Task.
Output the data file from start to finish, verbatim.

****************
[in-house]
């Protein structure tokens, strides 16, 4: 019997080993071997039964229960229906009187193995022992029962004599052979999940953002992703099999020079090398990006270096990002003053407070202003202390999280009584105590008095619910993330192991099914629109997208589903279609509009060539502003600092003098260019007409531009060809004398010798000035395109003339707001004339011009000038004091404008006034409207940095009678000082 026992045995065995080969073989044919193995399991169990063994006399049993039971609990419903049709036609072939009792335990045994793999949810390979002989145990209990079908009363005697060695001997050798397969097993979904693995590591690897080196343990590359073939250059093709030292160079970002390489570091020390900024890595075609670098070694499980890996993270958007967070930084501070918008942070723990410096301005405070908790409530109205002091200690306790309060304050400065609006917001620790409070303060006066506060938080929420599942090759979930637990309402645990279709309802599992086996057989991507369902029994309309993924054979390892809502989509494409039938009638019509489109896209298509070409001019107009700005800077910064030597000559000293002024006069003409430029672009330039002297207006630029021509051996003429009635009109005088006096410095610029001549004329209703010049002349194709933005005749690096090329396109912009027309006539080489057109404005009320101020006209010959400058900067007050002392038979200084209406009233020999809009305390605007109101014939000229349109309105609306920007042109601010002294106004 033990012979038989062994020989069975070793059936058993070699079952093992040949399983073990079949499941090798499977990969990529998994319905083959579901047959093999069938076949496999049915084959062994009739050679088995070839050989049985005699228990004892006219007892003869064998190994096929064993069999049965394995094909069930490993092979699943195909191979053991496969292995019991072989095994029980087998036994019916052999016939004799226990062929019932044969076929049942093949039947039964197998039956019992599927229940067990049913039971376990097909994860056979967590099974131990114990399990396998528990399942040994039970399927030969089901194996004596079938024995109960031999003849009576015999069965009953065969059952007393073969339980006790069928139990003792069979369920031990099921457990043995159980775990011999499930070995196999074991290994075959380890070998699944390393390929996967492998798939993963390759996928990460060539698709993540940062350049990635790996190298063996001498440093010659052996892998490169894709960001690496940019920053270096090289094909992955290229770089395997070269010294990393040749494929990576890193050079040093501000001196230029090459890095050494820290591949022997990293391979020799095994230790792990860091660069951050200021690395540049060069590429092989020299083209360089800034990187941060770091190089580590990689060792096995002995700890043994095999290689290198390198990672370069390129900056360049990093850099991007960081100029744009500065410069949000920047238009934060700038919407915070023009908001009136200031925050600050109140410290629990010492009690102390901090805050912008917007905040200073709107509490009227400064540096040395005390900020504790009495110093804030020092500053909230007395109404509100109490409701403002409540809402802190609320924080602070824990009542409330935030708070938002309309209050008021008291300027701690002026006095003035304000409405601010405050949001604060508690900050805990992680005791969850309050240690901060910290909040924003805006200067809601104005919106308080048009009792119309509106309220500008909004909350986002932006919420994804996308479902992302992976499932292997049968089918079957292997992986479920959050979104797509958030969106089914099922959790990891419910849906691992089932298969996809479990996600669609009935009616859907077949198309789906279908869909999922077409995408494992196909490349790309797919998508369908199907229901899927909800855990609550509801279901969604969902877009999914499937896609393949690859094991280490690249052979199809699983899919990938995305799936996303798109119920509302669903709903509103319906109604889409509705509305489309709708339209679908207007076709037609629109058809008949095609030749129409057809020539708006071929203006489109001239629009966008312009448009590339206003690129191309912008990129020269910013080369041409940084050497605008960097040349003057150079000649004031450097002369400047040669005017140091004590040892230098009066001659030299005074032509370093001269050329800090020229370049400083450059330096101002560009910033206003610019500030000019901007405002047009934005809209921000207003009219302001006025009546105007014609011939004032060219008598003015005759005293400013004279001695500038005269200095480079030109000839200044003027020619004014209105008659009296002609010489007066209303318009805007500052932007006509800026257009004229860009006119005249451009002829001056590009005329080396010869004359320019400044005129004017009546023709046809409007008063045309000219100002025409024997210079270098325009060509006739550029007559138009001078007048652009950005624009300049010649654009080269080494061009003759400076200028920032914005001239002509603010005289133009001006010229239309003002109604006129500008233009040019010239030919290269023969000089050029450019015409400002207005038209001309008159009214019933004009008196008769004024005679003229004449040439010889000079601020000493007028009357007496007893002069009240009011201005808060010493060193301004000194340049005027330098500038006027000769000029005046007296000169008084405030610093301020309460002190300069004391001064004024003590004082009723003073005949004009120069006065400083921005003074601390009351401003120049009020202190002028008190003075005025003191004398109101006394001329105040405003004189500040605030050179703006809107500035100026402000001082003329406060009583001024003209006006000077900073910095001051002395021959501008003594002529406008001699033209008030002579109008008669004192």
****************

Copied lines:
[in-house]
């Protein structure tokens, strides 16, 4: 019997080993071997039964229960229906009187193995022992029962004599052979999940953002992703099999020079090398990006270096990002003053407070202003202390999280009584105590008095619910993330192991099914629109997208589903279609509009060539502003600092003098260019007409531009060809004398010798000035395109003339707001004339011009000038004091404008006034409207940095009678000082 026992045995065995080969073989044919193995399991169990063994006399049993039971609990419903049709036609072939009792335990045994793999949810390979002989145990209990079908009363005697060695001997050798397969097993979904693995590591690897080196343990590359073939250059093709030292160079970002390489570091020390900024890595075609670098070694499980890996993270958007967070930084501070918008942070723990410096301005405070908790409530109205002091200690306790309060304050400065609006917001620790409070303060006066506060938080929420599942090759979930637990309402645990279709309802599992086996057989991507369902029994309309993924054979390892809502989509494409039938009638019509489109896209298509070409001019107009700005800077910064030597000559000293002024006069003409430029672009330039002297207006630029021509051996003429009635009109005088006096410095610029001549004329209703010049002349194709933005005749690096090329396109912009027309006539080489057109404005009320101020006209010959400058900067007050002392038979200084209406009233020999809009305390605007109101014939000229349109309105609306920007042109601010002294106004 033990012979038989062994020989069975070793059936058993070699079952093992040949399983073990079949499941090798499977990969990529998994319905083959579901047959093999069938076949496999049915084959062994009739050679088995070839050989049985005699228990004892006219007892003869064998190994096929064993069999049965394995094909069930490993092979699943195909191979053991496969292995019991072989095994029980087998036994019916052999016939004799226990062929019932044969076929049942093949039947039964197998039956019992599927229940067990049913039971376990097909994860056979967590099974131990114990399990396998528990399942040994039970399927030969089901194996004596079938024995109960031999003849009576015999069965009953065969059952007393073969339980006790069928139990003792069979369920031990099921457990043995159980775990011999499930070995196999074991290994075959380890070998699944390393390929996967492998798939993963390759996928990460060539698709993540940062350049990635790996190298063996001498440093010659052996892998490169894709960001690496940019920053270096090289094909992955290229770089395997070269010294990393040749494929990576890193050079040093501000001196230029090459890095050494820290591949022997990293391979020799095994230790792990860091660069951050200021690395540049060069590429092989020299083209360089800034990187941060770091190089580590990689060792096995002995700890043994095999290689290198390198990672370069390129900056360049990093850099991007960081100029744009500065410069949000920047238009934060700038919407915070023009908001009136200031925050600050109140410290629990010492009690102390901090805050912008917007905040200073709107509490009227400064540096040395005390900020504790009495110093804030020092500053909230007395109404509100109490409701403002409540809402802190609320924080602070824990009542409330935030708070938002309309209050008021008291300027701690002026006095003035304000409405601010405050949001604060508690900050805990992680005791969850309050240690901060910290909040924003805006200067809601104005919106308080048009009792119309509106309220500008909004909350986002932006919420994804996308479902992302992976499932292997049968089918079957292997992986479920959050979104797509958030969106089914099922959790990891419910849906691992089932298969996809479990996600669609009935009616859907077949198309789906279908869909999922077409995408494992196909490349790309797919998508369908199907229901899927909800855990609550509801279901969604969902877009999914499937896609393949690859094991280490690249052979199809699983899919990938995305799936996303798109119920509302669903709903509103319906109604889409509705509305489309709708339209679908207007076709037609629109058809008949095609030749129409057809020539708006071929203006489109001239629009966008312009448009590339206003690129191309912008990129020269910013080369041409940084050497605008960097040349003057150079000649004031450097002369400047040669005017140091004590040892230098009066001659030299005074032509370093001269050329800090020229370049400083450059330096101002560009910033206003610019500030000019901007405002047009934005809209921000207003009219302001006025009546105007014609011939004032060219008598003015005759005293400013004279001695500038005269200095480079030109000839200044003027020619004014209105008659009296002609010489007066209303318009805007500052932007006509800026257009004229860009006119005249451009002829001056590009005329080396010869004359320019400044005129004017009546023709046809409007008063045309000219100002025409024997210079270098325009060509006739550029007559138009001078007048652009950005624009300049010649654009080269080494061009003759400076200028920032914005001239002509603010005289133009001006010229239309003002109604006129500008233009040019010239030919290269023969000089050029450019015409400002207005038209001309008159009214019933004009008196008769004024005679003229004449040439010889000079601020000493007028009357007496007893002069009240009011201005808060010493060193301004000194340049005027330098500038006027000769000029005046007296000169008084405030610093301020309460002190300069004391001064004024003590004082009723003073005949004009120069006065400083921005003074601390009351401003120049009020202190002028008190003075005025003191004398109101006394001329105040405003004189500040605030050179703006809107500035100026402000001082003329406060009583001024003209006006000077900073910095001051002395021959501008003594002529406008001699033209008030002579109008008669004192």